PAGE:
The UN report highlights the Saharan belt network that almost spans the breadth of northern Africa. Coastal states in West Africa provide an ideal zone for South American cocaine shipments that are brought in from Venezuela.  On arrival, the cocaine is transported by networks inside Africa for cross-continental deliveries to the east and the northern ports for Europe. States like Guinea-Bassau in the northwest provide an ideal re-launching hub for these illicit consignments. A lack of state institutions, security apparatus and ineffective governance has led to lawlessness and the establishment of a thriving smuggling zone. The east is no better. With states like Somalia battling an extremist Islamist insurgency, instability is on the rise. On the threshold of becoming a failed state, Somalia faces a bigger problem at sea. Its pirates have gained worldwide notoriety for their aggressive hostage taking of international ships and oil tankers for millions in ransom.  Plus the eastern coast receives a far more lethal narcotic heroin coming from Afghanistan.  Trafficked by sea or air from South West Asia, these shipments often exchange hands with other couriers in the neighbouring Gulf States.  Traffickers, particularly favour Yemen for routing shipments to Africa and Gulf States.  It is largely because of the lack of effective security to control illicit trafficking that is inadvertently aided by the political instability inside the country.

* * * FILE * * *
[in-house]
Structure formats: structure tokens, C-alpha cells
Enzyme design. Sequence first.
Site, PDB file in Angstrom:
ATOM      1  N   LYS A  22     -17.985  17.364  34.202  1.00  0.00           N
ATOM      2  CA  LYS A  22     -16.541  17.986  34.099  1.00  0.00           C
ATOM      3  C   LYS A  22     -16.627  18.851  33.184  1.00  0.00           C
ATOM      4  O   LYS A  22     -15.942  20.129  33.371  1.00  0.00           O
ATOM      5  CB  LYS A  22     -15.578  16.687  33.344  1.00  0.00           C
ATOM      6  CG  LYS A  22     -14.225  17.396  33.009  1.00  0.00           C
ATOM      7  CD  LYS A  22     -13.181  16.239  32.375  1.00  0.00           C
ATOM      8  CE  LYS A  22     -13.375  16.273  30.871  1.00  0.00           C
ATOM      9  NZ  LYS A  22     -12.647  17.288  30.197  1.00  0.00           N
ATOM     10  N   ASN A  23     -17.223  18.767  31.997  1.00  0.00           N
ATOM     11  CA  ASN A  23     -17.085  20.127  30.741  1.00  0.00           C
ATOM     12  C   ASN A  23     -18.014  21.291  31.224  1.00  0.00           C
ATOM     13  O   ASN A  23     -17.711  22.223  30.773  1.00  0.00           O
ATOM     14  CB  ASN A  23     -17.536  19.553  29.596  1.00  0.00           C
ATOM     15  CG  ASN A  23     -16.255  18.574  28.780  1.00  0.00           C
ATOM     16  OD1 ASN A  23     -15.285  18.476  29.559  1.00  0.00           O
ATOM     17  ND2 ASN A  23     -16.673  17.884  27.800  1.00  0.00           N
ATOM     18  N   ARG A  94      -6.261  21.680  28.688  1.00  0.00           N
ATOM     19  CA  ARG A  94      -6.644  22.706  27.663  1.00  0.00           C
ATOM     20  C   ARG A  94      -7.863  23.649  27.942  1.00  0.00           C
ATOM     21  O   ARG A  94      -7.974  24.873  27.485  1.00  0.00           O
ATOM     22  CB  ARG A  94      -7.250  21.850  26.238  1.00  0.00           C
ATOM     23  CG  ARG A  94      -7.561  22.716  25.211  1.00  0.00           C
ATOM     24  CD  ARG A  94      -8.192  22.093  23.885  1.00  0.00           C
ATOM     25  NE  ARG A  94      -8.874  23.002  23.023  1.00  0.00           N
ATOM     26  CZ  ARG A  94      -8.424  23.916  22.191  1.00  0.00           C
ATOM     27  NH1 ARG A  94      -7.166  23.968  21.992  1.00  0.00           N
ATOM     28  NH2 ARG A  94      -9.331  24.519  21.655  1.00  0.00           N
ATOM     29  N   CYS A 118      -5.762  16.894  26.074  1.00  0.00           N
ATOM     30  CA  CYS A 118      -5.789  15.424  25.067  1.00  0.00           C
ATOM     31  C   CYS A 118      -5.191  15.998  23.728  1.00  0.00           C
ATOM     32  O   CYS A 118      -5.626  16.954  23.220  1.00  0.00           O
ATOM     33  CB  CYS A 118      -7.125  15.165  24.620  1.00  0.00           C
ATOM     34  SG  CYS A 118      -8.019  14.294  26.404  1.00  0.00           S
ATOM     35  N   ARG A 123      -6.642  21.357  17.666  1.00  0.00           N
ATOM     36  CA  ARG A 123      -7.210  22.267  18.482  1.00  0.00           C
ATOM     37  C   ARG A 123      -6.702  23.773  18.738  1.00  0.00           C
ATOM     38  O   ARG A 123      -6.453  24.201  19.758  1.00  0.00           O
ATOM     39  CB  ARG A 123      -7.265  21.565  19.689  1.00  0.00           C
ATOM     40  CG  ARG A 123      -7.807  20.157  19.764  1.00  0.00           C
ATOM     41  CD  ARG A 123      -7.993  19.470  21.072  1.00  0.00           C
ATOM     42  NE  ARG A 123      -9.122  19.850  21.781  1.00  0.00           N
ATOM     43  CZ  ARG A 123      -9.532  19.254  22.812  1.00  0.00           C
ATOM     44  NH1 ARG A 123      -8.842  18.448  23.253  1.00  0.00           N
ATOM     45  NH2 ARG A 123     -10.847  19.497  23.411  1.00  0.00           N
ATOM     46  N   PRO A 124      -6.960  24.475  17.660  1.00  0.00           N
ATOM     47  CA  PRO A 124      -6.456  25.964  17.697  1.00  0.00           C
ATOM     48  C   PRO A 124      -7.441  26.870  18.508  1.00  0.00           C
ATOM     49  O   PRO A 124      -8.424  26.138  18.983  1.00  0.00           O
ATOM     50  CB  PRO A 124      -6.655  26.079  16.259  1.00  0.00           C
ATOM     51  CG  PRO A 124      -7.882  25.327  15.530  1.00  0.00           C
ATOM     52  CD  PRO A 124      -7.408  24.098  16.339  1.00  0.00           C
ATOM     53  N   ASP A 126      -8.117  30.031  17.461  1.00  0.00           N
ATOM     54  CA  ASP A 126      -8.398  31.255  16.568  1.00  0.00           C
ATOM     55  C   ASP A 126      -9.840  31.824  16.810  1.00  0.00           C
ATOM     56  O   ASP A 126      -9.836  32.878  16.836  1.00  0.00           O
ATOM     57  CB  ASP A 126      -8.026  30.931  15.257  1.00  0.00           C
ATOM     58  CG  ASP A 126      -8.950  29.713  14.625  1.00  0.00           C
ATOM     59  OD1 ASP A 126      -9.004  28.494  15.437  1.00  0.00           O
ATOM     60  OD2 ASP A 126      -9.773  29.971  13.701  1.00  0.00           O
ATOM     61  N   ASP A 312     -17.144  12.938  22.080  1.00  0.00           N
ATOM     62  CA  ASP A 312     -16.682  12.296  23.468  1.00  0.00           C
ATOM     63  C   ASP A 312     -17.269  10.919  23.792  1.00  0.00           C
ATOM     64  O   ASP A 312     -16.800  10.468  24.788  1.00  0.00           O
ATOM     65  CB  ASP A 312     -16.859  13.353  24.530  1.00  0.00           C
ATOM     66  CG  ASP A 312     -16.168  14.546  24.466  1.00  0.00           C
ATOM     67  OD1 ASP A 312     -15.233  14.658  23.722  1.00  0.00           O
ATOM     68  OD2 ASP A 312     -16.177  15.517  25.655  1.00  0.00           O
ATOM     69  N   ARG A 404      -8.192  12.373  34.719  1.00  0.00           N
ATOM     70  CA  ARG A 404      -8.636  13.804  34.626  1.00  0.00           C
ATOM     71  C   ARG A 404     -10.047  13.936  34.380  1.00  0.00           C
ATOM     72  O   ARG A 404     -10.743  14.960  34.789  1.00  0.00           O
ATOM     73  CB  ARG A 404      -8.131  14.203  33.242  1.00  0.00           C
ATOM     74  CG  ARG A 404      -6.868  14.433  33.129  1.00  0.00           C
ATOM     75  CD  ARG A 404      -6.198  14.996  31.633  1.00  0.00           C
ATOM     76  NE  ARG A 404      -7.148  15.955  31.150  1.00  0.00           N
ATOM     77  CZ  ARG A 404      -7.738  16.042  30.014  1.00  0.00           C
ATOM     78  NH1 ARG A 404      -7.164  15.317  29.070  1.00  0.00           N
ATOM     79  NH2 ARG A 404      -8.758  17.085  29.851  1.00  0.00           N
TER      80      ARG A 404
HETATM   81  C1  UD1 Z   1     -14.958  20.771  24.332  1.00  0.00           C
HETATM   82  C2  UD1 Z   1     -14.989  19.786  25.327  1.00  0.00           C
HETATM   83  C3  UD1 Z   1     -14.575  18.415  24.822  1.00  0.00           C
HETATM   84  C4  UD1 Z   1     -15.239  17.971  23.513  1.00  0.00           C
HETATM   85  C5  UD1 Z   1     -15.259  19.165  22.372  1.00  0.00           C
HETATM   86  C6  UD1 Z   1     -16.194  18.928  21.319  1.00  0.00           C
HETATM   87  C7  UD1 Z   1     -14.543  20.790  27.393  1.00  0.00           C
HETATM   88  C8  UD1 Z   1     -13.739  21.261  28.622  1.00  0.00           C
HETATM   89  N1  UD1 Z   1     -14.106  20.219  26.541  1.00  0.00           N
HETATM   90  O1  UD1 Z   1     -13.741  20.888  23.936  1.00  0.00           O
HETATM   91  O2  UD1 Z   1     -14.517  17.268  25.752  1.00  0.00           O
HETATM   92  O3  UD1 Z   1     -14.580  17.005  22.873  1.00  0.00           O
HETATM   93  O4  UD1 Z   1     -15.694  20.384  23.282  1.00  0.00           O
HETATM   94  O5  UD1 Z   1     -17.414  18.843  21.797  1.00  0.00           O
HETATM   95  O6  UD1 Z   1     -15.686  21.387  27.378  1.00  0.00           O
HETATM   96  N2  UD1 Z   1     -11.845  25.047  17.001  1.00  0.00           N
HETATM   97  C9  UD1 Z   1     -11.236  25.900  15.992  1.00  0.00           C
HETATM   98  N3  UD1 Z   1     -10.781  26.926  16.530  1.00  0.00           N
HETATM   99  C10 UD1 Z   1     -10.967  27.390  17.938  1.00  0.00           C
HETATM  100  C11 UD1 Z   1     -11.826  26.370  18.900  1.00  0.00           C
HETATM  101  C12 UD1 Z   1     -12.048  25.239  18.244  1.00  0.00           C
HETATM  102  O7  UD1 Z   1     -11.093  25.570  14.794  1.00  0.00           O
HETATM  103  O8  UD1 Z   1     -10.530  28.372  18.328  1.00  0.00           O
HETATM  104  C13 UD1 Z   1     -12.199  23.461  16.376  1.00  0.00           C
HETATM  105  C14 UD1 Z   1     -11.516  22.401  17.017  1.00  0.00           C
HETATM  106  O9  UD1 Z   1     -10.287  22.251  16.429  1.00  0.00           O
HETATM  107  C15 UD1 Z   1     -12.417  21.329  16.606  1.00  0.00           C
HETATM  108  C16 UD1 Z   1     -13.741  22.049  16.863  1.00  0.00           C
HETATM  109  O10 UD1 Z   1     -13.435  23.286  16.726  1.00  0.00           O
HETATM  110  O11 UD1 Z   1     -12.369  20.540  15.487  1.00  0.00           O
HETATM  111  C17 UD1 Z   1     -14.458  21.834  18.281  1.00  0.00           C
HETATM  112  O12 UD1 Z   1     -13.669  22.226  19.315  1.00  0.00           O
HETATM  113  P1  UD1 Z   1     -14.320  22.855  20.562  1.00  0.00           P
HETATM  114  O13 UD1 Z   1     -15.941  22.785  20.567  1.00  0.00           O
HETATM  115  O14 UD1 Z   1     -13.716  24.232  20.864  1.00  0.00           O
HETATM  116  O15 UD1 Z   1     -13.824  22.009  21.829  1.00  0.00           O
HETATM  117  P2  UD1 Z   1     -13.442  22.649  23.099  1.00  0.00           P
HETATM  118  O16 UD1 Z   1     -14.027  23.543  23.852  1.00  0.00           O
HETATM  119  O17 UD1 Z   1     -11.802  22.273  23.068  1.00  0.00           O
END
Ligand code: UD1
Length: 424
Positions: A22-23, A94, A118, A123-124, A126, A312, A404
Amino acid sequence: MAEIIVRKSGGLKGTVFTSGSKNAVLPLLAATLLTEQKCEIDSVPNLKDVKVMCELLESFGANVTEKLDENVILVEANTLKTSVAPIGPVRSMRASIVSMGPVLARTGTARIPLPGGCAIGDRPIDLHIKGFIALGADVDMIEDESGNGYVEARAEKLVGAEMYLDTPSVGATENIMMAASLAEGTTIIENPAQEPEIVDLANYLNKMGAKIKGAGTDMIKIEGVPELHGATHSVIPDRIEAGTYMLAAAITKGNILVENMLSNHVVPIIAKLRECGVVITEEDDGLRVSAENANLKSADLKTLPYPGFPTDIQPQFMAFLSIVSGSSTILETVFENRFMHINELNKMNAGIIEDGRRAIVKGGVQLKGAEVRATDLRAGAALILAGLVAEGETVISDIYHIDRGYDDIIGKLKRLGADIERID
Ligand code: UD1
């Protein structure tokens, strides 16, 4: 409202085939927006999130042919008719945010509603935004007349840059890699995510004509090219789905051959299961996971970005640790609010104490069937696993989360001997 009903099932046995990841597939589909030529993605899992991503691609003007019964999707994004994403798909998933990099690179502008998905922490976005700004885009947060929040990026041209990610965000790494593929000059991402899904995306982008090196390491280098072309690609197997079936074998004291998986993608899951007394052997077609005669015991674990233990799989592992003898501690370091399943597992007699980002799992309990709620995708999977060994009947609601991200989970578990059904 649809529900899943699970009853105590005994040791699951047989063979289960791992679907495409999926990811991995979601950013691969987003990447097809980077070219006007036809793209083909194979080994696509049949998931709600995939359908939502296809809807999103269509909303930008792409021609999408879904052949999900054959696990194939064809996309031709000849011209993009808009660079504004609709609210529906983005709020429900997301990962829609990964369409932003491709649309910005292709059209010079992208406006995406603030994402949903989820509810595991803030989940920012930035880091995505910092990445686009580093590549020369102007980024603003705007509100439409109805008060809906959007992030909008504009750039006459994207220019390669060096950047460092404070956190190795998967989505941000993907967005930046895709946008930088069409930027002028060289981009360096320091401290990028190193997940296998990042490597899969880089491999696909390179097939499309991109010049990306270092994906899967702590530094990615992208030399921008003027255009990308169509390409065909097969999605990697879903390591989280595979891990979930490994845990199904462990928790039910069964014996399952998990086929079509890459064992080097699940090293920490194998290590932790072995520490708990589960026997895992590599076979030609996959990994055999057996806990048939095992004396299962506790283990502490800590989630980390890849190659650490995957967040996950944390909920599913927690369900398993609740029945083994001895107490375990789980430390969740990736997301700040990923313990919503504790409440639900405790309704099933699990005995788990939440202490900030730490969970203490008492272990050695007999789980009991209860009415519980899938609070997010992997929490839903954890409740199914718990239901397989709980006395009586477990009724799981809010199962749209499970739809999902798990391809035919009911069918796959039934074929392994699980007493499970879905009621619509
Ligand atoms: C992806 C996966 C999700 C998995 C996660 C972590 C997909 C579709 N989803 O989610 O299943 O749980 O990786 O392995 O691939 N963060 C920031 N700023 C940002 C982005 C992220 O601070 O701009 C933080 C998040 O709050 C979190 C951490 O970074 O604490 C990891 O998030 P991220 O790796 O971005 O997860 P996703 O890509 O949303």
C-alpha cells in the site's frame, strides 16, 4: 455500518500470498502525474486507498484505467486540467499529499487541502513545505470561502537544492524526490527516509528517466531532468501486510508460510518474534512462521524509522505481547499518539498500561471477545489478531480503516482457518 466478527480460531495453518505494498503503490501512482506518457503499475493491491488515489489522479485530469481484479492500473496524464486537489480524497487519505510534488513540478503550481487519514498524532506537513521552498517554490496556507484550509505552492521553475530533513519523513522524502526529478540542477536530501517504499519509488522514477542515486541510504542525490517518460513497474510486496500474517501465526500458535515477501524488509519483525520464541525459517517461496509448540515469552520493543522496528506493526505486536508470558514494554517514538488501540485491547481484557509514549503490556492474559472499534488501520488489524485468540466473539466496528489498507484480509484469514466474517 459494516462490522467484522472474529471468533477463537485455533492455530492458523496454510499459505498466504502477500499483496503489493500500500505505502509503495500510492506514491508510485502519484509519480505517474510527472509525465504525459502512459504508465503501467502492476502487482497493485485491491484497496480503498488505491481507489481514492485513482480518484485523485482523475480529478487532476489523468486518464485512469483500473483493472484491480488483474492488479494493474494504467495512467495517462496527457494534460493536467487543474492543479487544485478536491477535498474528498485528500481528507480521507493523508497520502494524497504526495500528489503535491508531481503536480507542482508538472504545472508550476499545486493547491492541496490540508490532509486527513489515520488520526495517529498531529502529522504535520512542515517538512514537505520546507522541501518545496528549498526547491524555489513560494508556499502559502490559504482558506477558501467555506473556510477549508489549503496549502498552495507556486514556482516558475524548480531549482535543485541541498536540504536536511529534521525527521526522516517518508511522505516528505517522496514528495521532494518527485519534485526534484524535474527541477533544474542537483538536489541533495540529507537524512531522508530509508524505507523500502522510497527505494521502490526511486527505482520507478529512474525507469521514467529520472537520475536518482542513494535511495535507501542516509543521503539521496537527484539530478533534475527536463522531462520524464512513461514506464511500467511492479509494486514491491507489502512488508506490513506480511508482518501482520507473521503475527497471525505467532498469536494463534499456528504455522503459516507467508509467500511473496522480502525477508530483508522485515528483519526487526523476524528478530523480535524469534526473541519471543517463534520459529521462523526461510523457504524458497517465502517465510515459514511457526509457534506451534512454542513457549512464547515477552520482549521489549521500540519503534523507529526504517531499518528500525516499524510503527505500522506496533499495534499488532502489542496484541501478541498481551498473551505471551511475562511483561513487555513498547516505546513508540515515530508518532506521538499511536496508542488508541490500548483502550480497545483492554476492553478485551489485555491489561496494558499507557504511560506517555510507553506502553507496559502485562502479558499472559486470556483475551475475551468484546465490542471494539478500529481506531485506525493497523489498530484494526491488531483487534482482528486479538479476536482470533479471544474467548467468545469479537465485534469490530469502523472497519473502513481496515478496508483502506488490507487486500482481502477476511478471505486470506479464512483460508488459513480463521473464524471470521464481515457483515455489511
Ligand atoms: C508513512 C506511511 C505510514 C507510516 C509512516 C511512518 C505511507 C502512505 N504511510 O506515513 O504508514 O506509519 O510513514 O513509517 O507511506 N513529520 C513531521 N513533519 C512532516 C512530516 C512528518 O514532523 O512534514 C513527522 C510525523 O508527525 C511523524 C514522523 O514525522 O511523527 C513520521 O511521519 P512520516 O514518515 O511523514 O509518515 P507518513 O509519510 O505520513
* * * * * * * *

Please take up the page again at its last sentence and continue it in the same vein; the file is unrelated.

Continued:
The efforts of trafficking groups to explore the market potential in the Gulf States have posed a serious security challenge for the region. Targeting a largely affluent population base, particularly among the youth, the aim is to establish a thriving consumer base.  Unemployment and ample financial resources are the pulling factors for traffickers.

The transit drug trade, in particular, has hit hard at UAE and Saudi Arabia. The spiraling rise in drug abusers in Iran is testament to the fact that even transit states inevitably see large-scale drug abuse among its population. Iran and Pakistan’s drug abuse population that is n millions is directly attributed to them sharing borders with Afghanistan and bearing the brunt of the transit opiate trade.